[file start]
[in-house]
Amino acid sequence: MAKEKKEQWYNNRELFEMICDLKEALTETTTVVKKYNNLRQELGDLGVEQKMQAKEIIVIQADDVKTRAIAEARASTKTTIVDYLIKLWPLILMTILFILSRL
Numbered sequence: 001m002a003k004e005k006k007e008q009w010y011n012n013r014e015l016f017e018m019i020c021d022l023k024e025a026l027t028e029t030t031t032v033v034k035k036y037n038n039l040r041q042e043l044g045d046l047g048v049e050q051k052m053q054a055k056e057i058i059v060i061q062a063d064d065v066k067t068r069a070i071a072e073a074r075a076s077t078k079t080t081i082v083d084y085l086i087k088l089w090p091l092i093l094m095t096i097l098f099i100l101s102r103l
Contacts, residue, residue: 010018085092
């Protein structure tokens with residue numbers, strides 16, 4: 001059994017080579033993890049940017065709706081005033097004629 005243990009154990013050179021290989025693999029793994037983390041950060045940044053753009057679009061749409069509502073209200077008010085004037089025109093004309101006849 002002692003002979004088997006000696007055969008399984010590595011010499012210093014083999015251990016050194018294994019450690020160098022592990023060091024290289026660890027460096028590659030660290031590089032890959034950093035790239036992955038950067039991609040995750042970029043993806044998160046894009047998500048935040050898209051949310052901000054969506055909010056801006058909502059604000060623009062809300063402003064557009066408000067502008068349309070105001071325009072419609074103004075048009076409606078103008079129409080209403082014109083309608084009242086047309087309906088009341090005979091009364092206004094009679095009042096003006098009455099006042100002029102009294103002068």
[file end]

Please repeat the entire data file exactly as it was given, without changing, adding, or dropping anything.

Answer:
[in-house]
Amino acid sequence: MAKEKKEQWYNNRELFEMICDLKEALTETTTVVKKYNNLRQELGDLGVEQKMQAKEIIVIQADDVKTRAIAEARASTKTTIVDYLIKLWPLILMTILFILSRL
Numbered sequence: 001m002a003k004e005k006k007e008q009w010y011n012n013r014e015l016f017e018m019i020c021d022l023k024e025a026l027t028e029t030t031t032v033v034k035k036y037n038n039l040r041q042e043l044g045d046l047g048v049e050q051k052m053q054a055k056e057i058i059v060i061q062a063d064d065v066k067t068r069a070i071a072e073a074r075a076s077t078k079t080t081i082v083d084y085l086i087k088l089w090p091l092i093l094m095t096i097l098f099i100l101s102r103l
Contacts, residue, residue: 010018085092
């Protein structure tokens with residue numbers, strides 16, 4: 001059994017080579033993890049940017065709706081005033097004629 005243990009154990013050179021290989025693999029793994037983390041950060045940044053753009057679009061749409069509502073209200077008010085004037089025109093004309101006849 002002692003002979004088997006000696007055969008399984010590595011010499012210093014083999015251990016050194018294994019450690020160098022592990023060091024290289026660890027460096028590659030660290031590089032890959034950093035790239036992955038950067039991609040995750042970029043993806044998160046894009047998500048935040050898209051949310052901000054969506055909010056801006058909502059604000060623009062809300063402003064557009066408000067502008068349309070105001071325009072419609074103004075048009076409606078103008079129409080209403082014109083309608084009242086047309087309906088009341090005979091009364092206004094009679095009042096003006098009455099006042100002029102009294103002068």